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Hi - when I visited Israel, years ago, I was lucky enough to have the opportunity to be invited, as a member of a group of Brits. interested in Education and Social Work processes there, to the home (a large black tent) of a Bedouin tribal leader, on the outskirts of Beersheva, the Israeli city located within the Negev Desert region.

This elderly man had refused to be accommodated in a newly built block of flats, in which his family members were required to live, under pressure from the Israeli authorities, preferring to pitch his tent in the shadow of the buildings concerned, in the midst of what had been, for generations the land across which his formerly nomadic tribe had wandered with their animal herds, but which was not recognised as' theirs', under Israeli law - they had no formal 'papers' to denote 'possession' or 'ownership ' - although it had been regarded by his people, and by others who'd previously shared their nomadic lifestyle, as their tribal lands, where the right to graze and water their animals and to pitch their tents had been generally accepted and understood!

Anyway, as we can see, the Israeli Govt. now intends to populate the desert with Jewish settlements - so these Bedouin are in the way and must be relocated to new locations chosen for them - as described within this article, below, from 'The Guardian'. For me, the whole process is eerily reminiscent of the actions of the former white Governments of South Africa - which resettled thousands of black people to the infamous 'Bundestans'.

It would be amazing if the world-wide protests were to be successful in halting this forced resettlement of these virtually defenceless people - sadly, I have no hope, whatsoever..! At least, this appalling and disgraceful planned action on the part of the Israeli Govt. should be publicised, as widely as possible - the 'Social Media' can play a role, in this regard:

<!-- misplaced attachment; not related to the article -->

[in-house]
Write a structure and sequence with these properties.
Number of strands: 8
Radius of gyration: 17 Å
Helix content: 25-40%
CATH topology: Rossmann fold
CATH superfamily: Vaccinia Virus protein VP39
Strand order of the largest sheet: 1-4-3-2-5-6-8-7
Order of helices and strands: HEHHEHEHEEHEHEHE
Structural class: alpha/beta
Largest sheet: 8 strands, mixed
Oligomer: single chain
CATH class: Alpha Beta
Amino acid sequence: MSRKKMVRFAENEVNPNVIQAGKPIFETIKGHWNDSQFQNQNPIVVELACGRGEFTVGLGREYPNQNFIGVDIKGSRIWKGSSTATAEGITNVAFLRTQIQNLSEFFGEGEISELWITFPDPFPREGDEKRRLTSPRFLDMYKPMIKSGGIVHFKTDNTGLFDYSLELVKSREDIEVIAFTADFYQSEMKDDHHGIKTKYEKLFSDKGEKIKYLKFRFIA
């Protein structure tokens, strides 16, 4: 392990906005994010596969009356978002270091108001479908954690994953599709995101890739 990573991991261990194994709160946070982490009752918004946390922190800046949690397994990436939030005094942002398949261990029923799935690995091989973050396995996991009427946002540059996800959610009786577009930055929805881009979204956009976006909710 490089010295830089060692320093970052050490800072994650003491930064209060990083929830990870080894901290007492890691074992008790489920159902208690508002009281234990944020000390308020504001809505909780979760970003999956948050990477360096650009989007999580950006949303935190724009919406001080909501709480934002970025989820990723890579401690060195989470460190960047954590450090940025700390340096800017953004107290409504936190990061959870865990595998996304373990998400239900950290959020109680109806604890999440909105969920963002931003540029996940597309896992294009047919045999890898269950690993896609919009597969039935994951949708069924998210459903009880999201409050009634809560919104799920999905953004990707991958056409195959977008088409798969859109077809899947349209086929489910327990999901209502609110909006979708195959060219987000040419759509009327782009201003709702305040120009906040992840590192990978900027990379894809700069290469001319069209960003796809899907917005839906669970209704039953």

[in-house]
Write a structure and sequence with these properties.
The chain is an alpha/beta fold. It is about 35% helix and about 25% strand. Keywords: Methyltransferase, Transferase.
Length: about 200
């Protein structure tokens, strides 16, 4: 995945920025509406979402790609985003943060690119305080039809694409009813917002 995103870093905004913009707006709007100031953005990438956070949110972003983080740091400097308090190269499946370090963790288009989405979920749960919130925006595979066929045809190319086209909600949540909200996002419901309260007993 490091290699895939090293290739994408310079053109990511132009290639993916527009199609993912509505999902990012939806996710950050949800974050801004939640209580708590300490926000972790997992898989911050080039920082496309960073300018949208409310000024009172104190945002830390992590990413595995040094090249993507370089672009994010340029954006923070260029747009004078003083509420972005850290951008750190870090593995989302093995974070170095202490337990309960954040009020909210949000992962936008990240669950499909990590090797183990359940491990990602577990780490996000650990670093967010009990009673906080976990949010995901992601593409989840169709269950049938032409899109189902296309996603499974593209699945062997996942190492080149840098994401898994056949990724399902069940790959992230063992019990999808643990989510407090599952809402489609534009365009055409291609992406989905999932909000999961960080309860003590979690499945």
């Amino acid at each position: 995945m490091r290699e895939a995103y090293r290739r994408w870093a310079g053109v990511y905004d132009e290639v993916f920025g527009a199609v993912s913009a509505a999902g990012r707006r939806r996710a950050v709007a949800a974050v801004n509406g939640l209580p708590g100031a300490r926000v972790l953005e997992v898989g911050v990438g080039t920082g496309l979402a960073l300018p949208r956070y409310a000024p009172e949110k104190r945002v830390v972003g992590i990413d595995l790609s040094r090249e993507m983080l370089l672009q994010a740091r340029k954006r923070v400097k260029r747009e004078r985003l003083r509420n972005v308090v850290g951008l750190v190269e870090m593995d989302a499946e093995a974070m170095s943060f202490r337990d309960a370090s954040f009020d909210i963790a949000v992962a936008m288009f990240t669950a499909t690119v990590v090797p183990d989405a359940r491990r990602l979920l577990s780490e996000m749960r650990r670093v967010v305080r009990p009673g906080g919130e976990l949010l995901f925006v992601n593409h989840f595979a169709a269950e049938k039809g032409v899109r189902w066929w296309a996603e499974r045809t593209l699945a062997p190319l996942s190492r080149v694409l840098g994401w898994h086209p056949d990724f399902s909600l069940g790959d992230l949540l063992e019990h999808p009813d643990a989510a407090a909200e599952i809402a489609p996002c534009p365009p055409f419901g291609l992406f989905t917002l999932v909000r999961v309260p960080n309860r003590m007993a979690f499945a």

Israel's plan to forcibly resettle Negev Bedouins prompts global protests | World news | theguardian.com

Saludos,
GC
'
 

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Interesting. I heard an interview on the radio the other day with Nobel Peace Prize nominee Amal Elsana Alh’jooj, the first Bedouin woman to go to university, who is from the Negev. She talked about the resistance she faced from the Bedouins themselves; they are deeply against women being educated or becoming financially independent.

I was thinking how much more effective these people would be in their fight against injustice if they utilised the resources and intelligence of all their population, not just the ones with a Y chromosome.

Here's an article about her from the Telegraph, for those of you who dislike the Guardian (note the interesting spelling of "shepherd" - "sheppard").

A Bedouin's story: nomadic women can be feminists too - Telegraph
 

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(Guapachica) they had no formal 'papers' to denote 'possession' or 'ownership '
Neither did the Israelis when they were invited by the Allies to set up camp in somebody else's back yard with total disregard for the resident peoples.
 
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